On Regeneration

  • Thomas S. HellingEmail author
  • Daniel Azoulay


There would not be the fascination about liver surgery were it not for the fact that it is unique among human organs in its remarkable powers of restoration, a process we now call regeneration. It is not clear from a teleological standpoint why the liver possesses such properties. Some have claimed that with its central role in metabolic processes it was so endowed as to withstand the catastrophe of liver toxins in primitive mammals and primates. Indeed, the structure had a spiritual quality according to ancient Greeks. Metaphysically, in antiquity, for Plato and Aristotle, the liver represented the appetitive soul, whose function was to exhibit images expressed by the rational soul, more or less “a theater of prophetic representations” [2]. Whether the story of Prometheus indicated to the ancient Greeks that the liver could regenerate is not known. There seems to be no reference to it in former writings. Neither Hippocrates nor Galen ascribed this feature to the liver [3]. It was claimed an organ of “sanguification”—the making of blood—of hemostasis, of incorporation of foodstuffs for formation of blood, but no reference to regeneration can be found. Nevertheless, the Greek word for liver, ηπαρ (hepar = liver), seems to originate as a root from the word ηπαομαι (hepaomai), which means “to heal” or “to mend.” Were there anecdotal examples of regrowth of an avulsed and exposed liver? Perhaps so, although none can be found in written literature. The earliest scientific reference may be that of French anatomist Jean Cruveihier (1791–1874) who described a condition he termed hepar acinosum [5]:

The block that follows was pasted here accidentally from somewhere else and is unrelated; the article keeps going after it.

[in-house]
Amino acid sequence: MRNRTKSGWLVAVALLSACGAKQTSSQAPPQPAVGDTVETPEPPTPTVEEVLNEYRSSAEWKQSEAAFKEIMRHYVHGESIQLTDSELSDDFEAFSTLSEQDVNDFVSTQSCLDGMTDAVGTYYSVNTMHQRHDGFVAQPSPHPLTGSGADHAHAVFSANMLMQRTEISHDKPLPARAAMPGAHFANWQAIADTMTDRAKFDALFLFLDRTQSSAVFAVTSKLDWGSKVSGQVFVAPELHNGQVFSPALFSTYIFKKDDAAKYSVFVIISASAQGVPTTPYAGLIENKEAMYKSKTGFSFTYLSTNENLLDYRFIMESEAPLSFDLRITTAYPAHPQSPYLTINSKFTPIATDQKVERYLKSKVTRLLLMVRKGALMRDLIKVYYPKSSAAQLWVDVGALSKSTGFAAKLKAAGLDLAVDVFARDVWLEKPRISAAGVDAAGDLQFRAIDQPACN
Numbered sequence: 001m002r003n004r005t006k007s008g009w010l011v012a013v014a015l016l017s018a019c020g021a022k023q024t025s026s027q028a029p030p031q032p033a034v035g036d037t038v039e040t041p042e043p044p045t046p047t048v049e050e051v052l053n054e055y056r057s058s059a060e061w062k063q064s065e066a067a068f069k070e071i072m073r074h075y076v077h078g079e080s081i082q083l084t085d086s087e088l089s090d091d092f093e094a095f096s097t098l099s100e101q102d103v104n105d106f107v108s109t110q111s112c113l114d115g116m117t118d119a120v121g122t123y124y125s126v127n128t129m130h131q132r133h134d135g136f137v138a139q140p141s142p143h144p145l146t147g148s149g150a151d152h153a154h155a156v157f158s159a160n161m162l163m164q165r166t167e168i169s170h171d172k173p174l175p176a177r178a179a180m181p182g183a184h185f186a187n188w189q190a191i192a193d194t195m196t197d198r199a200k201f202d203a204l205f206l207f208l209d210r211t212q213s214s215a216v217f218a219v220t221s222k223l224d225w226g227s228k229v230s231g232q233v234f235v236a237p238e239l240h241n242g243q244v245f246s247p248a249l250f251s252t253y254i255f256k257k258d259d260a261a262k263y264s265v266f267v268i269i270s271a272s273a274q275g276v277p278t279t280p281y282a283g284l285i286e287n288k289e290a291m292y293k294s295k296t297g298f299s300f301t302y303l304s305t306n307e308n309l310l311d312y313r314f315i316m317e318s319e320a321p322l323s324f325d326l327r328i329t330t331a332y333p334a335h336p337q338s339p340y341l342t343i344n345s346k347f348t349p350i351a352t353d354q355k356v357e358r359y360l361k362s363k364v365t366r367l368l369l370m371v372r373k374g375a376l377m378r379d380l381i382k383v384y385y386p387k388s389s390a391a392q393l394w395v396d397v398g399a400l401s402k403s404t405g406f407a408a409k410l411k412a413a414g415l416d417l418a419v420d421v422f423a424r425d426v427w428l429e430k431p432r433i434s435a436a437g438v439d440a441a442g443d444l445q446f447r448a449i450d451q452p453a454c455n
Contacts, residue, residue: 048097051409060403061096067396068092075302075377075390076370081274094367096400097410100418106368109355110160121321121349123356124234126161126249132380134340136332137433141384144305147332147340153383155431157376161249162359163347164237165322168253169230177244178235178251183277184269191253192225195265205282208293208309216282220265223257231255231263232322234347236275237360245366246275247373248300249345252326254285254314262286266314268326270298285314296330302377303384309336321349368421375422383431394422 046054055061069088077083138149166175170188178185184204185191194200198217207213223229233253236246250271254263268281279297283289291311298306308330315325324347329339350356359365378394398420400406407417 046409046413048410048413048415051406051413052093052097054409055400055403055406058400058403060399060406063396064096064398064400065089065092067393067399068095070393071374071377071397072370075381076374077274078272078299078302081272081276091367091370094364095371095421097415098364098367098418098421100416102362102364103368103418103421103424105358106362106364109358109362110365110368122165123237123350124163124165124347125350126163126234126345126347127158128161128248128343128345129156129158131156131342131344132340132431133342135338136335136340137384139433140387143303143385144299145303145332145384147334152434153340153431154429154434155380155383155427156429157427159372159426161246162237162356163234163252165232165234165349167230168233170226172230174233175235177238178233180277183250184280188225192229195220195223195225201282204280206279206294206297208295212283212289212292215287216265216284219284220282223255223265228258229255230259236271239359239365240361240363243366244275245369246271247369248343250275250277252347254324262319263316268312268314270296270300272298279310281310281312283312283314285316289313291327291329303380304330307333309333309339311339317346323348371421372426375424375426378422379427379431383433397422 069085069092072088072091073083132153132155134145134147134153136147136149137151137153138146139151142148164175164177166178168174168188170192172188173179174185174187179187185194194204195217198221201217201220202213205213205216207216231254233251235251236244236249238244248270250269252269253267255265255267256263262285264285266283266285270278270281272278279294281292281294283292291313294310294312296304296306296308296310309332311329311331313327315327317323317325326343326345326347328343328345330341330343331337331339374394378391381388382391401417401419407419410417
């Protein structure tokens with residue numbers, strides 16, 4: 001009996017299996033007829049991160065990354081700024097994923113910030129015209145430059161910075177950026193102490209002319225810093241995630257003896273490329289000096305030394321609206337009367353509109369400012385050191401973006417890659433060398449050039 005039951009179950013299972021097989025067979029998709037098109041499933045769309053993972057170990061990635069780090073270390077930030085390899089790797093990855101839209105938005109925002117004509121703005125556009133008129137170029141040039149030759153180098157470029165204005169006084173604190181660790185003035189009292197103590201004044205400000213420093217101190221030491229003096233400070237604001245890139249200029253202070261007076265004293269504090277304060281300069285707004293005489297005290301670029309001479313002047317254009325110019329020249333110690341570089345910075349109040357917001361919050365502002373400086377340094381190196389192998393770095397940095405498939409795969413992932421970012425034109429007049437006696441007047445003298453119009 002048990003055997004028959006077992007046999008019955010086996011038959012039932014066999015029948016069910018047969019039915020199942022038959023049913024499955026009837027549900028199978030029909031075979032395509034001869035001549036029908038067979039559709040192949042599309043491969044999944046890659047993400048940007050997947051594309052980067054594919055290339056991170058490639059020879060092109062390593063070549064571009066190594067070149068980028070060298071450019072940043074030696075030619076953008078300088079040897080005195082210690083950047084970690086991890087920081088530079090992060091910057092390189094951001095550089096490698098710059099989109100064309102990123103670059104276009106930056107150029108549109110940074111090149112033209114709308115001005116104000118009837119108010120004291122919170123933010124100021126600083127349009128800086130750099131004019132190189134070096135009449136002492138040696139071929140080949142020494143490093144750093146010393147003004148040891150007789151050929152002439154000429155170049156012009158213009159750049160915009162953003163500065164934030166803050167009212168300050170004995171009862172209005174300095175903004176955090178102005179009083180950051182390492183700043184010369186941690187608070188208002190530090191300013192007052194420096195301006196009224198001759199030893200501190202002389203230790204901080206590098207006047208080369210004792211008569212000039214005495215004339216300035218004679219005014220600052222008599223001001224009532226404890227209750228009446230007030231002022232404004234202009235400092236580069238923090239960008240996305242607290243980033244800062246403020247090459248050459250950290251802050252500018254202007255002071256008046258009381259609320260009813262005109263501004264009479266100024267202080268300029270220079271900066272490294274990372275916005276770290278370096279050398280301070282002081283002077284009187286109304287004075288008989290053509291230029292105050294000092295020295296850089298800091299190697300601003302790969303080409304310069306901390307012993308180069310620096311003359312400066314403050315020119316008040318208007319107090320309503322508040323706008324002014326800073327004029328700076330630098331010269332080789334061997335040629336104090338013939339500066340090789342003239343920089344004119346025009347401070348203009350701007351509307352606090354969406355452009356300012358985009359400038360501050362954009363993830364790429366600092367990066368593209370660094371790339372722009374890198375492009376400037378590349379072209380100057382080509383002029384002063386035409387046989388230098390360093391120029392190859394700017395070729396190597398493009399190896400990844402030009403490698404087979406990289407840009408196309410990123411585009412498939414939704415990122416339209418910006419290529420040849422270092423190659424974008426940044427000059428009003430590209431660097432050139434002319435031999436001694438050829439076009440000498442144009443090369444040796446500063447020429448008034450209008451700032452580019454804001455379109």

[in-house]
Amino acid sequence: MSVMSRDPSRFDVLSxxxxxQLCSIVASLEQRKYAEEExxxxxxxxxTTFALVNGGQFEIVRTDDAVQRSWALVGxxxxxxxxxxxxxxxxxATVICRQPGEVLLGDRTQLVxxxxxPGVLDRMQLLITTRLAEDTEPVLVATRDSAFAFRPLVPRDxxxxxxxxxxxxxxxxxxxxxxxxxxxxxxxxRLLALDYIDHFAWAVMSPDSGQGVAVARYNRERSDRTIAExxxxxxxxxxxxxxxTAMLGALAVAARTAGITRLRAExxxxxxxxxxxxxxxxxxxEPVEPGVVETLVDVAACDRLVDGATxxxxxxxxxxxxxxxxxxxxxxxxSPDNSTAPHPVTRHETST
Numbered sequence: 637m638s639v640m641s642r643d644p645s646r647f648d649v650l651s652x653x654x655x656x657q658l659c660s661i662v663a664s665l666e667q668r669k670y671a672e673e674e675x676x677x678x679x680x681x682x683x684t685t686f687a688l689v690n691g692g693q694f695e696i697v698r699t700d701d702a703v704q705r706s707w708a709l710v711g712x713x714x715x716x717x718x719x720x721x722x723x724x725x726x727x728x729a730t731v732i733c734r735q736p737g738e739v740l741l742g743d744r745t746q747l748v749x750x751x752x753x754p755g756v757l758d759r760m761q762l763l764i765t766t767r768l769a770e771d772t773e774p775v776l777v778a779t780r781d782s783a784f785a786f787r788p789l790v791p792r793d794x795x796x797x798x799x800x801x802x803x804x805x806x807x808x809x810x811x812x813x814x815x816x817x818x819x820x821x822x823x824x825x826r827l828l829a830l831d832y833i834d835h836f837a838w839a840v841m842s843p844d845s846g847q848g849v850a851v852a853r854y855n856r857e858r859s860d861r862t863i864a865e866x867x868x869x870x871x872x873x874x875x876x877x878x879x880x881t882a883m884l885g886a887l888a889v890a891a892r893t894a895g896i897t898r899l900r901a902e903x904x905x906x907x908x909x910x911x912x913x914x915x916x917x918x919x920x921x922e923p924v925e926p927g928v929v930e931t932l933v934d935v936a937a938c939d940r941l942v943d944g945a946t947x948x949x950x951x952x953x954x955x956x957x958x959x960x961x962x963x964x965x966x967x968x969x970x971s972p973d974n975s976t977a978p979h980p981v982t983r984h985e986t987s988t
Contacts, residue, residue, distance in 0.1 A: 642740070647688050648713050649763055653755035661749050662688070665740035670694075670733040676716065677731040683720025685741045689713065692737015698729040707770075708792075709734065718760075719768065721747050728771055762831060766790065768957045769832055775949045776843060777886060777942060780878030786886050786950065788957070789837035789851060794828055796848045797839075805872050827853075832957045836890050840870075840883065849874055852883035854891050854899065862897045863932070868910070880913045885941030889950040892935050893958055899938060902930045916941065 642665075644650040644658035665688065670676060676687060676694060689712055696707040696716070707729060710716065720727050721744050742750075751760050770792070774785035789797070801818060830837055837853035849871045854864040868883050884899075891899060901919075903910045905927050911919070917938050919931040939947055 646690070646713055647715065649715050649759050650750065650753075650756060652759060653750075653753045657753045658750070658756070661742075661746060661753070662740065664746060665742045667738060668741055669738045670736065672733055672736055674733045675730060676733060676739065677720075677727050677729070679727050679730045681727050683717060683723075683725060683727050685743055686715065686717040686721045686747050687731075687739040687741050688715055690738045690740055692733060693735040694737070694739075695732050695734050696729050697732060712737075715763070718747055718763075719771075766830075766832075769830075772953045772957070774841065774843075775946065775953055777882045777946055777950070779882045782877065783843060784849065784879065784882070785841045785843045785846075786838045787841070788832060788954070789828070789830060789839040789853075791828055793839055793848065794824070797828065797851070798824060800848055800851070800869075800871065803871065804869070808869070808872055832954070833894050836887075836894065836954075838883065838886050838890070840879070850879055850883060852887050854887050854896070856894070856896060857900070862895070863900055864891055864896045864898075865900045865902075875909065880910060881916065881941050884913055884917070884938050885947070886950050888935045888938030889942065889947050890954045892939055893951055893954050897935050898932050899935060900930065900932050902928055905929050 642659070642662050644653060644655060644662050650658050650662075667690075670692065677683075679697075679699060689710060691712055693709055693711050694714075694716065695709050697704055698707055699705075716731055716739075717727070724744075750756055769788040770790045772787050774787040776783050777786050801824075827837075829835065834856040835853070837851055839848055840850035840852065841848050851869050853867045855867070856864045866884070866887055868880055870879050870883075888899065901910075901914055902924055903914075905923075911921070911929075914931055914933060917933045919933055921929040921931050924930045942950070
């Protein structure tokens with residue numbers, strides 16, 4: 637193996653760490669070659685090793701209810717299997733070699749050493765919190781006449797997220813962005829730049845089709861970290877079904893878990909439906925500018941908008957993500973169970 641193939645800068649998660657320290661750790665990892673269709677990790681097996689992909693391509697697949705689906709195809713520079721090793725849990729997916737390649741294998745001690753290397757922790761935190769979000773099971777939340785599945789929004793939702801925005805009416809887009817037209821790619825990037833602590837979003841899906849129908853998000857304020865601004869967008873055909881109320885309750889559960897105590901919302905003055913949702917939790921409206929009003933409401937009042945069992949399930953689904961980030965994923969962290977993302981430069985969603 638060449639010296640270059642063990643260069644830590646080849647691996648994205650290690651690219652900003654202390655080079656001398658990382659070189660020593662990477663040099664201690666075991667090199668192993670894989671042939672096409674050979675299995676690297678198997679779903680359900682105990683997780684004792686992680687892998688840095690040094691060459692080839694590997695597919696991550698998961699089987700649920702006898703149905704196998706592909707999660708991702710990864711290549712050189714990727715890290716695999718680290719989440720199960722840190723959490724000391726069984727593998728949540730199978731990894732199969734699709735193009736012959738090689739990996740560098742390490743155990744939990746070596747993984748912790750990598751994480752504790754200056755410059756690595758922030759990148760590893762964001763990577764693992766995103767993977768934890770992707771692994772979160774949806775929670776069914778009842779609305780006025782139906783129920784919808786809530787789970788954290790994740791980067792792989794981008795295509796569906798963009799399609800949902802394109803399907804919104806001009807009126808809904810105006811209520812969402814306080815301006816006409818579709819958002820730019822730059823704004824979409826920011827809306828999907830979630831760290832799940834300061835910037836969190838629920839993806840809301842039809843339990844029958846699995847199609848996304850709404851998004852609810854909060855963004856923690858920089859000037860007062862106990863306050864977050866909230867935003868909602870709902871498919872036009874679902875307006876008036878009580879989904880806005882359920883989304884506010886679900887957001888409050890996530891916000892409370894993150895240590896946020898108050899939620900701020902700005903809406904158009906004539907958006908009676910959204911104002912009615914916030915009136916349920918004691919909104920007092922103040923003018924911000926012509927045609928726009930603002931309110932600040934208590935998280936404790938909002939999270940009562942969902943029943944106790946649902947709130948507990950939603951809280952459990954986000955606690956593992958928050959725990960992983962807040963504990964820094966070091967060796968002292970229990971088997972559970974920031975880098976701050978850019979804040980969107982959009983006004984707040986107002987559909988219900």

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Copyright information

© The Editor(s) (if applicable) and The Author(s), under exclusive license to Springer Nature Switzerland AG 2020

Authors and Affiliations

  1. 1.University of Mississippi Medical CenterJacksonUSA
  2. 2.Centre Hépato-BiliaireHôpital Universitaire Paul BrousseVillejuifFrance

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